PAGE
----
Welcome, Weekend Herb Blogging readers. Doesn’t that look scrumptious? A crisp, shiny rosette of tsa tsoi, a tangy Chinese green that makes excellent stir fry material.
The best part is that I’m getting these delicious winter greens with almost no work, and I won’t be composting them or digging out the planters to refill them with dirt for a second crop. I also don’t have to worry about scrubbing dirt out of my sink; a post-harvest rinse and I’m done. How can all this be? I’m growing them hydroponically!
A colorful head of forenschluss speckled lettuce, plus more tsa tsoi; I’d better start my next batch of seedlings, and harvest these beauties soon.
About a month ago I had an ‘aha!’ moment while cleaning up in the back yard. In an untidy pile were a bunch of 3-foot long self-watering planters, the long window-box type, sitting empty. They’re very shallow, so they’re only good for things with shallow roots. Another item that needed putting away for winter was a giant 2 cubic yard bag of perlite. It was purchased by accident when I wrote “perlite” instead of “vermiculite” on a shopping list for someone else. Wups. Perlite, though, is one of the better mediums for hydroponics. I knew that I still had a good-sized container of dry mix for hydroponics solution in my garden storage bench. A plan was born!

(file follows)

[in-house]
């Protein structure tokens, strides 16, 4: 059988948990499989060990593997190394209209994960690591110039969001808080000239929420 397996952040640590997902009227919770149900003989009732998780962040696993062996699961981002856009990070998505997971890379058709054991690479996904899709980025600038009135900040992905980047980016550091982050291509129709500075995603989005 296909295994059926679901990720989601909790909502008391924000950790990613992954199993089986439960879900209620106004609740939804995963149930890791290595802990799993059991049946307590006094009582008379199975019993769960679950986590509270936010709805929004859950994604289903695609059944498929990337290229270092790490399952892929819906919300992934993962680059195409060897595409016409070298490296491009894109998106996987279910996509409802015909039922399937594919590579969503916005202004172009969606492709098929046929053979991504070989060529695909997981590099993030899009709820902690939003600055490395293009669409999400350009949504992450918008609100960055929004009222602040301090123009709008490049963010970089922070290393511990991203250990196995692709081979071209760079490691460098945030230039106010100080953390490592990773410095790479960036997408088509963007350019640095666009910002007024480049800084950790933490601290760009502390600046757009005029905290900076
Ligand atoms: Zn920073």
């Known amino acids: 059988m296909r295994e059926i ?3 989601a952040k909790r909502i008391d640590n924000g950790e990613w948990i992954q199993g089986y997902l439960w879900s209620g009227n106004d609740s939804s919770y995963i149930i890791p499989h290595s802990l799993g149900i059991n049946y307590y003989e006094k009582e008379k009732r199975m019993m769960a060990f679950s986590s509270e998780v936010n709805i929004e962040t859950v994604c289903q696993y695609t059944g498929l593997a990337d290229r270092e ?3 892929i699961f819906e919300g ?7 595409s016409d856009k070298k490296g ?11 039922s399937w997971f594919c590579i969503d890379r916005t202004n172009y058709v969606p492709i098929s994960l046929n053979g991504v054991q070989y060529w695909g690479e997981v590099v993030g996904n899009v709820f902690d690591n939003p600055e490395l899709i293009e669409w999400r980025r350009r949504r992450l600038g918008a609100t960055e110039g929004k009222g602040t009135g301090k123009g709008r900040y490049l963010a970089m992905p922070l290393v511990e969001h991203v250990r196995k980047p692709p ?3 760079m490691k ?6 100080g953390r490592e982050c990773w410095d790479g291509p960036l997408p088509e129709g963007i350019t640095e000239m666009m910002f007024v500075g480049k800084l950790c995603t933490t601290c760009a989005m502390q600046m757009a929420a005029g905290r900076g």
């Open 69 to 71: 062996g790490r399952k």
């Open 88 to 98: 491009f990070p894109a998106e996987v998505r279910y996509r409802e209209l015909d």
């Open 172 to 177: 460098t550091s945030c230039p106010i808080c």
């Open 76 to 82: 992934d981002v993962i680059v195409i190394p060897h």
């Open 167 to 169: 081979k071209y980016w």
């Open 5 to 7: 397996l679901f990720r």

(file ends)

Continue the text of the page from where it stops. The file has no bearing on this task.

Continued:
My favorite red mustard seedlings, about 2 weeks along, with assorted lettuces and some ruby chard. The brown is harmless algae– my fault for watering the seedlings directly from the top once. Note the handy little water level gauge built into this planter.
Now why did I have hydroponic fertilizer mix around? Some long-time readers may recall that when I lived in San Jose in 2003 and 2004, I had very little usable yard space for gardening– our rental’s sunny space was white pebble landscaping. Undaunted, and because I’d always been meaning to learn this stuff, I went out and got some hydroponic units and grew marvelous cucumbers, tomatoes, squashes, and peppers hydroponically. I’d started out buying gallon jugs of nutrient solution to dilute, but soon realized I was paying a lot for what was mostly water, and that buying dry mix would be better. A tiny bit goes a LONG way, so I still had plenty left over.
My San Jose hydroponic garden in late April 2004. Imagine everything tripled in size about 6 weeks later!
The main cloud around this hydroponics silver lining is that I don’t like using artificial nutrient mix. I want to try doing hydroponics on filtered compost tea– it should work just as well as the mix, as long as I dust some greensand into the perlite for extra minerals. I’ll try that in the spring, or next fall, now that I have a baseline to work from and compare.
Self-watering planters are a really excellent choice for lettuce and greens, as so much of the plant is dependent on abundant water to grow crisp and strong. Even if you don’t try hydroponics, it’s worth putting some lettuce or stir-fry greens into a self-watering planter and letting them party on. You’ll usually see a noticeable improvment in growth vs typical ground soil conditions.
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